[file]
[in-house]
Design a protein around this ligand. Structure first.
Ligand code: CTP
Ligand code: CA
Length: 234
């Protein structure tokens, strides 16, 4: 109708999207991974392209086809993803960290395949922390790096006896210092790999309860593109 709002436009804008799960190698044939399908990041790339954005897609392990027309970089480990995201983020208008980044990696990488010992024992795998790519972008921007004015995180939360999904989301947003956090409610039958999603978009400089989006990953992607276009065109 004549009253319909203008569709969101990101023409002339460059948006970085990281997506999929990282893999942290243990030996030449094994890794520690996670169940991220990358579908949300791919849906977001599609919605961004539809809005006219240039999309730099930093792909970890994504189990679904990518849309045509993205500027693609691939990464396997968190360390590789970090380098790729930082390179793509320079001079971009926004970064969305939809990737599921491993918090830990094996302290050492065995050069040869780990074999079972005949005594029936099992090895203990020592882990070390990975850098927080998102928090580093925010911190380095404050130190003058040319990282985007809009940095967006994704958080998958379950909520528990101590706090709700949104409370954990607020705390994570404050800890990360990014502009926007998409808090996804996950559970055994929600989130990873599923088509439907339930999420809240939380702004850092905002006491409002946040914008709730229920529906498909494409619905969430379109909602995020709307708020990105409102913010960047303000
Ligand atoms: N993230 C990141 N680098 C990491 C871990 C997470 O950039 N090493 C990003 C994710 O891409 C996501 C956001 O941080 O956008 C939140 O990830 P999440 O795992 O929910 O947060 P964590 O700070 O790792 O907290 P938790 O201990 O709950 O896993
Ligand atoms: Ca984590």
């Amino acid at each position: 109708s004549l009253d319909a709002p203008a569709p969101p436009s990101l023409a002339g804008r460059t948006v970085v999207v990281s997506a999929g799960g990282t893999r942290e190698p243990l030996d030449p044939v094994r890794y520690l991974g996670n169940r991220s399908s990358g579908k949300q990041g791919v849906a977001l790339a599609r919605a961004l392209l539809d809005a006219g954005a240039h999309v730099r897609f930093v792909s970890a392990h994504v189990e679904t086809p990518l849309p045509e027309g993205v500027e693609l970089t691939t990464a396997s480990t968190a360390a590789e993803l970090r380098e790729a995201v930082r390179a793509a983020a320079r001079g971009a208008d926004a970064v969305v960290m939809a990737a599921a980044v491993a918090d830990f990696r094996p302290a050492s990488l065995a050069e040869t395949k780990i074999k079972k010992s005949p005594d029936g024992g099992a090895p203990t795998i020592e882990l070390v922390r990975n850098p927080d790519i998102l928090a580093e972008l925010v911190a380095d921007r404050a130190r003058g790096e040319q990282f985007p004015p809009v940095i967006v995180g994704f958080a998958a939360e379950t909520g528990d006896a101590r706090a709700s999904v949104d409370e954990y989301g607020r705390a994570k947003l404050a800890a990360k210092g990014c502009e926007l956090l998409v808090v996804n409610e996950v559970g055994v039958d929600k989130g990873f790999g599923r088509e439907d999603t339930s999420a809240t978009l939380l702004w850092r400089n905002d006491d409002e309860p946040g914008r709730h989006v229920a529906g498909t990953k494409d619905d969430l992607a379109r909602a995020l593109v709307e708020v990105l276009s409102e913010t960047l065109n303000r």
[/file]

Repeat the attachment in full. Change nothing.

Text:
[in-house]
Design a protein around this ligand. Structure first.
Ligand code: CTP
Ligand code: CA
Length: 234
């Protein structure tokens, strides 16, 4: 109708999207991974392209086809993803960290395949922390790096006896210092790999309860593109 709002436009804008799960190698044939399908990041790339954005897609392990027309970089480990995201983020208008980044990696990488010992024992795998790519972008921007004015995180939360999904989301947003956090409610039958999603978009400089989006990953992607276009065109 004549009253319909203008569709969101990101023409002339460059948006970085990281997506999929990282893999942290243990030996030449094994890794520690996670169940991220990358579908949300791919849906977001599609919605961004539809809005006219240039999309730099930093792909970890994504189990679904990518849309045509993205500027693609691939990464396997968190360390590789970090380098790729930082390179793509320079001079971009926004970064969305939809990737599921491993918090830990094996302290050492065995050069040869780990074999079972005949005594029936099992090895203990020592882990070390990975850098927080998102928090580093925010911190380095404050130190003058040319990282985007809009940095967006994704958080998958379950909520528990101590706090709700949104409370954990607020705390994570404050800890990360990014502009926007998409808090996804996950559970055994929600989130990873599923088509439907339930999420809240939380702004850092905002006491409002946040914008709730229920529906498909494409619905969430379109909602995020709307708020990105409102913010960047303000
Ligand atoms: N993230 C990141 N680098 C990491 C871990 C997470 O950039 N090493 C990003 C994710 O891409 C996501 C956001 O941080 O956008 C939140 O990830 P999440 O795992 O929910 O947060 P964590 O700070 O790792 O907290 P938790 O201990 O709950 O896993
Ligand atoms: Ca984590």
């Amino acid at each position: 109708s004549l009253d319909a709002p203008a569709p969101p436009s990101l023409a002339g804008r460059t948006v970085v999207v990281s997506a999929g799960g990282t893999r942290e190698p243990l030996d030449p044939v094994r890794y520690l991974g996670n169940r991220s399908s990358g579908k949300q990041g791919v849906a977001l790339a599609r919605a961004l392209l539809d809005a006219g954005a240039h999309v730099r897609f930093v792909s970890a392990h994504v189990e679904t086809p990518l849309p045509e027309g993205v500027e693609l970089t691939t990464a396997s480990t968190a360390a590789e993803l970090r380098e790729a995201v930082r390179a793509a983020a320079r001079g971009a208008d926004a970064v969305v960290m939809a990737a599921a980044v491993a918090d830990f990696r094996p302290a050492s990488l065995a050069e040869t395949k780990i074999k079972k010992s005949p005594d029936g024992g099992a090895p203990t795998i020592e882990l070390v922390r990975n850098p927080d790519i998102l928090a580093e972008l925010v911190a380095d921007r404050a130190r003058g790096e040319q990282f985007p004015p809009v940095i967006v995180g994704f958080a998958a939360e379950t909520g528990d006896a101590r706090a709700s999904v949104d409370e954990y989301g607020r705390a994570k947003l404050a800890a990360k210092g990014c502009e926007l956090l998409v808090v996804n409610e996950v559970g055994v039958d929600k989130g990873f790999g599923r088509e439907d999603t339930s999420a809240t978009l939380l702004w850092r400089n905002d006491d409002e309860p946040g914008r709730h989006v229920a529906g498909t990953k494409d619905d969430l992607a379109r909602a995020l593109v709307e708020v990105l276009s409102e913010t960047l065109n303000r």